Jana-gana-mana-adhinayaka, jaya he
Bharata-bhagya-vidhata.
Punjab-Sindh-Gujarat-Maratha
Dravida-Utkala-Banga
Vindhya-Himachala-Yamuna-Ganga
Uchchala-Jaladhi-taranga.
Tava shubha name jage,
Tava shubha asisa mage,
Gahe tava jaya gatha,
Jana-gana-mangala-dayaka jaya he
Bharata-bhagya-vidhata.
Jaya he, jaya he, jaya he,
Jaya jaya jaya, jaya he!

 Hear National Anthem (817 KB, 0:52 Sec.)

The above is the full version of the Anthem and its playing time is approximately 52 seconds.

The following is Tagore’s English rendering of the anthem:

Thou art the ruler of the minds of all people,
Dispenser of India’s destiny.
Thy name rouses the hearts of Punjab, Sind,
Gujarat and Maratha,
Of the Dravida and Orissa and Bengal;
It echoes in the hills of the Vindhyas and Himalayas,
mingles in the music of Jamuna and Ganges and is
chanted by the waves of the Indian Sea.
They pray for thy blessings and sing thy praise.
The saving of all people waits in thy hand,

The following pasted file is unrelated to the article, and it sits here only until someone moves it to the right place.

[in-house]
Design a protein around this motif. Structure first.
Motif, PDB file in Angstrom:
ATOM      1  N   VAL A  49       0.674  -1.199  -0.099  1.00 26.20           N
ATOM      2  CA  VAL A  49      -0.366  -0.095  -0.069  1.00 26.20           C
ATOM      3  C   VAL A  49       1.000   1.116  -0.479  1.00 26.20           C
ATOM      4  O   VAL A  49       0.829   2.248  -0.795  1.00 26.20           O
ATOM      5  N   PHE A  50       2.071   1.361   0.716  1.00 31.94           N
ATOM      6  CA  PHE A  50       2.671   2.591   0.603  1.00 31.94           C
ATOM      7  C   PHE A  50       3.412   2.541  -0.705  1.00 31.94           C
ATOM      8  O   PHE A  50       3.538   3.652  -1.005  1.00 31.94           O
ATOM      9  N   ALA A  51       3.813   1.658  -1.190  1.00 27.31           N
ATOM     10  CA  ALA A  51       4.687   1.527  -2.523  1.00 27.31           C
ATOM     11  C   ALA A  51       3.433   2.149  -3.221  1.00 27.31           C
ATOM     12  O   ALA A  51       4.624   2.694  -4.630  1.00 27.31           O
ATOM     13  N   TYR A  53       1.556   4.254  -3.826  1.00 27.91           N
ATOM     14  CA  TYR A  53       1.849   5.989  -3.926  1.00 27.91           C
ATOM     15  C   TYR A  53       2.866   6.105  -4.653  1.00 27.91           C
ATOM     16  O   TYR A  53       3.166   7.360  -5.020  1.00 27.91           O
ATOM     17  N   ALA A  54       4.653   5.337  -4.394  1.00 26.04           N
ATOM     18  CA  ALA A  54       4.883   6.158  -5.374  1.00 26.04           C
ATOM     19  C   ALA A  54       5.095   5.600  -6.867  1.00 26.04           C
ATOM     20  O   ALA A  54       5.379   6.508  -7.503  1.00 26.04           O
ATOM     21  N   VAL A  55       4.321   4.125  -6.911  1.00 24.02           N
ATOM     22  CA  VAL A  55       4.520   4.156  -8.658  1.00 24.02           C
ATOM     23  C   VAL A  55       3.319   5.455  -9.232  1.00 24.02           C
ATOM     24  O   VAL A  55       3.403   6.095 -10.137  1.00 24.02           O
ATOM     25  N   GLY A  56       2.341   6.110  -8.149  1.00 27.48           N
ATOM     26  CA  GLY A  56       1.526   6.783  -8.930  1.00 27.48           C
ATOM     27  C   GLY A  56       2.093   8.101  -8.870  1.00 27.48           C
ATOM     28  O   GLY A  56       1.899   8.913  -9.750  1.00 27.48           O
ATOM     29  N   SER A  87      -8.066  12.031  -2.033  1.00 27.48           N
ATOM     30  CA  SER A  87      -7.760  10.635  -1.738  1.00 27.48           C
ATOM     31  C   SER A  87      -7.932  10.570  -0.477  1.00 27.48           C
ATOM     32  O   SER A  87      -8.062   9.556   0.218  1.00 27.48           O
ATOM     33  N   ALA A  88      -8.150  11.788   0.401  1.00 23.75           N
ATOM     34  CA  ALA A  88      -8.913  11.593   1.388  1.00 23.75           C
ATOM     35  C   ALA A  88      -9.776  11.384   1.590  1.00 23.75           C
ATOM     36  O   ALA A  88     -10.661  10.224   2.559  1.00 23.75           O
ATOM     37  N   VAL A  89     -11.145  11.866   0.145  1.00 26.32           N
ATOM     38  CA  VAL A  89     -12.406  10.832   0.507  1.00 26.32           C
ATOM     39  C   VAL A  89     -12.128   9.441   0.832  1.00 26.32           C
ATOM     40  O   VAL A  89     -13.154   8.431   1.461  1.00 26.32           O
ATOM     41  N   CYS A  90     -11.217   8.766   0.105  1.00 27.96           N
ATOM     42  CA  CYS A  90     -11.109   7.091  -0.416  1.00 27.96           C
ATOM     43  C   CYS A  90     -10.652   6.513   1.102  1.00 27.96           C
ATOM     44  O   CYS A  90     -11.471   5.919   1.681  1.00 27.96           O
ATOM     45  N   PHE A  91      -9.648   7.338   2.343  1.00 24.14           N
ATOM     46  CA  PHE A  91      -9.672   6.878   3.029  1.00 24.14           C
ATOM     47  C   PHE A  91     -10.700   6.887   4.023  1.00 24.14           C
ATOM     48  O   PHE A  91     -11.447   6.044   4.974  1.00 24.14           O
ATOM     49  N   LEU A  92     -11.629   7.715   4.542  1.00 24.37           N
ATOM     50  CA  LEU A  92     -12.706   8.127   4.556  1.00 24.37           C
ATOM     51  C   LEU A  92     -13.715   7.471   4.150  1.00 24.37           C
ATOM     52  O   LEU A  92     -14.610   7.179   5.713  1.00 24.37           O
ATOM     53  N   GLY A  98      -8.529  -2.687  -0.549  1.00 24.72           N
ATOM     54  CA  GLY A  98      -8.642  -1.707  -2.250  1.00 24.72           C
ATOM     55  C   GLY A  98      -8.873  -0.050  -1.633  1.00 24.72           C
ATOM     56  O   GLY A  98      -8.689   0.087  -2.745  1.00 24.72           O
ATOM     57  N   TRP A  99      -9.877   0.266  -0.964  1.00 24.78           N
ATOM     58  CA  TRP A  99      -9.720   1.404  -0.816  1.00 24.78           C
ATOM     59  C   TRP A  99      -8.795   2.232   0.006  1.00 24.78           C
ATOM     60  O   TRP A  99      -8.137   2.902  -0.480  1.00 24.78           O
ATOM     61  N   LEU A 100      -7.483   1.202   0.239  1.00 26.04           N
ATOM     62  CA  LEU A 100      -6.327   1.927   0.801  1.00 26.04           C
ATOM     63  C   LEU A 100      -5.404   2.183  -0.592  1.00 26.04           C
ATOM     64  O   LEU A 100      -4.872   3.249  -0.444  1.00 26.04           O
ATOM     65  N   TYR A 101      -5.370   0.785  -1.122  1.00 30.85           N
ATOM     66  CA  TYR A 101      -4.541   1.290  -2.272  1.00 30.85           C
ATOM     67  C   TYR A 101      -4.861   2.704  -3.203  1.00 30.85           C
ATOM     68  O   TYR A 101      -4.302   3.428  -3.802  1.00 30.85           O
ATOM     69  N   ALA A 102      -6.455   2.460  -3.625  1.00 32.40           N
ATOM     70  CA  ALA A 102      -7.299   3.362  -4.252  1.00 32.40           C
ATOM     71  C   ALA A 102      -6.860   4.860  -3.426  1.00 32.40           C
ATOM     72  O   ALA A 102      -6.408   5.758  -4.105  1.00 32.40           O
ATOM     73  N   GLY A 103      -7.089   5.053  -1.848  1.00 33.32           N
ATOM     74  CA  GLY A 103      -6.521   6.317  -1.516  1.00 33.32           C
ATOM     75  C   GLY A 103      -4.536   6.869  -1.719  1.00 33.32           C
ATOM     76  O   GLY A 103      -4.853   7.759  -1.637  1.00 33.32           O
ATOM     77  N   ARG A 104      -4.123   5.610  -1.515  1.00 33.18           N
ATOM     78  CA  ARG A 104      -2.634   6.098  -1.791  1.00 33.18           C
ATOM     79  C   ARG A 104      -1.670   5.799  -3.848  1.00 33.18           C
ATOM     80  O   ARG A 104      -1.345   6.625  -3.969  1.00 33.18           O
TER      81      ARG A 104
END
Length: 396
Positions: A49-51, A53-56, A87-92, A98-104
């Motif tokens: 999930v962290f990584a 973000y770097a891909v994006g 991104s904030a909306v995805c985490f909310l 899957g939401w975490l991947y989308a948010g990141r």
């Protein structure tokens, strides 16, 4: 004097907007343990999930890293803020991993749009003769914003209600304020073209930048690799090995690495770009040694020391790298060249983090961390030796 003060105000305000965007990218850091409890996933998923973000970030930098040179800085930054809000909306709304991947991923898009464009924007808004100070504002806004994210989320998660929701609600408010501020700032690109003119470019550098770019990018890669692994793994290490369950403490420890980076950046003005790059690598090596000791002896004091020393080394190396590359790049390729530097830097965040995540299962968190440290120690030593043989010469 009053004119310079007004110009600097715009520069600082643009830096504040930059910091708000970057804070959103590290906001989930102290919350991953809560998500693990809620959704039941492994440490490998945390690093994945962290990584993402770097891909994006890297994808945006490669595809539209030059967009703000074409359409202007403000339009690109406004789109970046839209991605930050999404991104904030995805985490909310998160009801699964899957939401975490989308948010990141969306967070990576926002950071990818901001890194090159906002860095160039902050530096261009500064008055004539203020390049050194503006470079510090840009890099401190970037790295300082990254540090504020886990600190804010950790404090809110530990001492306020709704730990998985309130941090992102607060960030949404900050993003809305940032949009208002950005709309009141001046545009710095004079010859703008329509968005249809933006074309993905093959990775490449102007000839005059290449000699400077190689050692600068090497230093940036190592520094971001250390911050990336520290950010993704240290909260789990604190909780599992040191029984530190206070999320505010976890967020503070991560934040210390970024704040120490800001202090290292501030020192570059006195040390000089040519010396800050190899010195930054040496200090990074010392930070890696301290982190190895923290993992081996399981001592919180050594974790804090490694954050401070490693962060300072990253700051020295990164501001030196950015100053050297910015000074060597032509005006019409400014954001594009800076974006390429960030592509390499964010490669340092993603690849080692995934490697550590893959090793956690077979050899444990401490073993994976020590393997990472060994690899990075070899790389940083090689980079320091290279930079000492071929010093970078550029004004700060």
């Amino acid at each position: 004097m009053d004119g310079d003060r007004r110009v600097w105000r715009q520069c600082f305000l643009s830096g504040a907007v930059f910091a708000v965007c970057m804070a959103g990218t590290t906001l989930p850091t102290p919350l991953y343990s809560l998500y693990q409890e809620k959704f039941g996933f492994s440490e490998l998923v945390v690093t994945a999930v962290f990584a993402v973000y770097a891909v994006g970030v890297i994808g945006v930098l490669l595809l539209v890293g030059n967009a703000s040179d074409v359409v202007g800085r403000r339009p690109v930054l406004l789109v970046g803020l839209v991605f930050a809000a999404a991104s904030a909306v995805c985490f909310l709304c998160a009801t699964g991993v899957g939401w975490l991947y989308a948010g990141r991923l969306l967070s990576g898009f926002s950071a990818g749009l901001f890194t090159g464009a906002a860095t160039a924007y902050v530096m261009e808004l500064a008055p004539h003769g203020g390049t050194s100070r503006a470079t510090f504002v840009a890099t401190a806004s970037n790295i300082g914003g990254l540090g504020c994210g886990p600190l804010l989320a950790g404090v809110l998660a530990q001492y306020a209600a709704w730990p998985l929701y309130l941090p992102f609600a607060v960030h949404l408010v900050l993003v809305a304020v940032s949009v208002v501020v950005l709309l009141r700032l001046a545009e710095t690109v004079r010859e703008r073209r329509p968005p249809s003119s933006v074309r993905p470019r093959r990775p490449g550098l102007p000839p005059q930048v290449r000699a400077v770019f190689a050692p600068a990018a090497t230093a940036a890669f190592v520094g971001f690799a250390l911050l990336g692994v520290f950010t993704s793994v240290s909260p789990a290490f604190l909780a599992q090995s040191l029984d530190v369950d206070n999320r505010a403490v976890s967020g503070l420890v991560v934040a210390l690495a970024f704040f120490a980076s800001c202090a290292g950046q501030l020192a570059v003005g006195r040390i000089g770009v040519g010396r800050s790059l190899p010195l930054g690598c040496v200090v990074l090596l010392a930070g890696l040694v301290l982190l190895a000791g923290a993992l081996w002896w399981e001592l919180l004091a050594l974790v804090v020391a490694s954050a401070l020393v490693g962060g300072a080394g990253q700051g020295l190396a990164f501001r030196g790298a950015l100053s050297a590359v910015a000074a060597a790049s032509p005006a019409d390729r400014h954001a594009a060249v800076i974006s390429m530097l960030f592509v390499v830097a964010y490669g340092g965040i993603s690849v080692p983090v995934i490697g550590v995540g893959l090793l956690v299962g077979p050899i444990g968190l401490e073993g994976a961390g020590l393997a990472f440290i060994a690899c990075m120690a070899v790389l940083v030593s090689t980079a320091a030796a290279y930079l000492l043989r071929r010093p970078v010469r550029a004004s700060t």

Thou dispenser of India’s destiny.
Victory, victory, victory to thee.

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National Fruit

National FruitA fleshy fruit, eaten ripe or used green for pickles etc., of the tree Mangifera indica, the mango is one of the most important and widely cultivated fruits of the tropical world. Its juicy fruit is a rich source of Vitamins A, C and D. In India there are over 100 varieties of mangoes, in different sizes, shapes and colours. Mangoes have been cultivated in India from time immemorial. The poet Kalidasa sang its praises. Alexander savoured its taste, as did the Chinese pilgrim Hieun Tsang. Mughal emperor Akbar planted 100,000 mango trees in Darbhanga, Bihar at a place now known as Lakhi Bagh.

Content taken from india.gov.in

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National Animal